The call for the sex offenders’ registry is loud. With the likes of Richard Huckle and other paedophiles in our midst, we need to know who the dangerous people are. But is anyone listening?
ON the night of Aug 20, 2007, a little girl went shopping for a hair clip near her neighbourhood in Wangsa Maju. She was dragged into a white van and went missing.
A month later, a bag was found outside a shoplot in Petaling Jaya. The body of eight-year-old Nurin Jazlin was inside the bag. She had been brutally – and sexually – assaulted by some monster.
The cries for a registry of sexual offenders, especially those involved in child sex, began then.
The beast that hurt and killed Nurin is still walking in our midst.
On Jan 9 the following year, another little girl was playing in a field at PJS2, not far from where Nurin had been found. She was whisked away in a van.
The community searched every inch of the area. I should know. I live not far from there and was in some of the search parties.
To this day, Sharlinie Mohd Nashar has not been found, and we have no idea what happened to her. She would be 13 if she were still alive. The parents are holding out hope that she is.
And the registry of child sex offenders is still not to be found.
There have been many other cases.
Five-year-old Nurul Nadirah Abdullah went missing on March 1, 2012. She was found sexually violated and burnt at an oil palm plantation. In her case, at least, a man has been sentenced to hang. But, to quote the Washington Post, a thousand hangings would not be punishment enough for such an animal.
Then, there was Norshakila Ramli Abdullah Choo – just six – raped and battered to death with a hammer and her nude body thrown into a drain and Siti Nurliyana Shamimi Rosdi, raped, killed and dumped by a river bank. She was a two-year-old, for God’s sake.
And where is the registry to warn us of people who can harm our kids? Our politicians are still talking about the legislature.
Now, we have another monster who walked in our midst, pretending to be a do-gooder and violating children and boasting about it online. He even had the audacity to plan a guideline book on how to groom and have sex with children.
It took the British to arrest him and throw him into jail. Richard Huckle must never walk a free man, ever again.
What sick mind would boast about documenting how a five-year-old grew into a 12-year-old, while bedding her throughout? The children, he proudly says, were like puppies. Even his parents were absolutely horrified at what he had done.
Now it is being said that our police knew about him back in November 2014 while he was still in the country but could not do anything about him. It raises questions. Why was he not arrested here? The British had the evidence. He was on the Internet, even if it was the dark side of the Net.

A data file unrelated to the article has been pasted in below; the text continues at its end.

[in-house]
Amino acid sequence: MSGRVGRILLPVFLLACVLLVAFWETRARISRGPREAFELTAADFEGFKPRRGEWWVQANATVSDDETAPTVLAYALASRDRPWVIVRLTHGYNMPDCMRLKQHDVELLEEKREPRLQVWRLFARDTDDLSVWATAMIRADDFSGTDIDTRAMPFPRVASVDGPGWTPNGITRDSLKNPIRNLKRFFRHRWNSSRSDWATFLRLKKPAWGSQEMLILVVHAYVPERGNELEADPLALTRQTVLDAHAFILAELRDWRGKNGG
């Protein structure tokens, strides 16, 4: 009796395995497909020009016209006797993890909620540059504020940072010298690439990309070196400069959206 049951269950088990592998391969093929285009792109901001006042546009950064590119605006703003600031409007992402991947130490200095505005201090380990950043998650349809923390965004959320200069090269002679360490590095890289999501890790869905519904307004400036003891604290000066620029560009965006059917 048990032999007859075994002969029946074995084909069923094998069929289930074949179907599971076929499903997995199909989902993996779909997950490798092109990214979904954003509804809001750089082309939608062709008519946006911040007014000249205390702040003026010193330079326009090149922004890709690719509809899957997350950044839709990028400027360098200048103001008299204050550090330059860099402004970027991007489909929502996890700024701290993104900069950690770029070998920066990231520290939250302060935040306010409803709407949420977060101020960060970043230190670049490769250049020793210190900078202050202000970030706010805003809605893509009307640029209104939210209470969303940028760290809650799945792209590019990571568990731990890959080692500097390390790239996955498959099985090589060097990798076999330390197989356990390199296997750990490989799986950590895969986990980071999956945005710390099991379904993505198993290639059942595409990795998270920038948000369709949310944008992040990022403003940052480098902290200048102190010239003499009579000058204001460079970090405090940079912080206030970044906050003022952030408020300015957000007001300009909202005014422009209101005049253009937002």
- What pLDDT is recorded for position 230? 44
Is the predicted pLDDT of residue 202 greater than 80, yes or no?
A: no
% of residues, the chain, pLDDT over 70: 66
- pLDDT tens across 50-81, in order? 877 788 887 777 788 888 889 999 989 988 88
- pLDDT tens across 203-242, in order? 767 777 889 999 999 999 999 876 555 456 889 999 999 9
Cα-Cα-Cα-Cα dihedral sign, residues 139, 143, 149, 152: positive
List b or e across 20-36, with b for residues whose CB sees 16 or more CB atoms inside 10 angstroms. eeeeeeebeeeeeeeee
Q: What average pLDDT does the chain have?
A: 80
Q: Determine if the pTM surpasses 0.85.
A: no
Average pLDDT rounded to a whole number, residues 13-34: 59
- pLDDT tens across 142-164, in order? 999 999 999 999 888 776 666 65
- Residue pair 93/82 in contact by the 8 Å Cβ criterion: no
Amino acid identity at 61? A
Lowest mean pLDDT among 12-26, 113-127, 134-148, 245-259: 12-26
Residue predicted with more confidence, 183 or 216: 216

And what of our own Nur Fitri Azmeer Nordin, a brilliant maths student who had over 30,000 videos and photographs of child pornography, complete with a life-sized mannequin of a boy? He was said to have been found with 601 “Category A” videos and images, showing penetrative sexual acts with children.
It is said he is back in town. His whereabouts are secret. He is probably being protected from any attacks. But is he the one who needs protection?
One politician has come out to say that Nur Fitri should not be spoken of in the same context as Huckle. Their misdeeds may have been different, with Huckle by far the more vile animal, but it’s only the degree that’s different. The crime remains the same.
Someone – at least, the police – should know where he is and keep tabs on what he is doing back in the country. An announcement by the police would help.
And that registry? Where is it? The laws to protect our children must be implemented fast. Like Wanita MCA chief Datuk Heng Seai Kie said, the names of convicted paedophiles and rapists need to be exposed. Parents and their children need to be protected. Social media has to be kept in check to make sure chat groups are not started up with photos of children lifted from elsewhere on the Net.
Minister in the Prime Minister’s Department Nancy Shukri says amendments are being made and there is progress in the amendment of the laws.
No! Now is not the time to be making progress. Now is the time to be making the law. And making sure the culprits are thrown into jail. With the keys thrown away too, if possible.
The PAS Private Member’s Bill can wait. This is urgent. Far more urgent.
> The writer, who can be reached at firstname.lastname@example.org, has a 15-year-old daughter. A second chance for the likes of Nur Fitri and Huckle? Not a chance!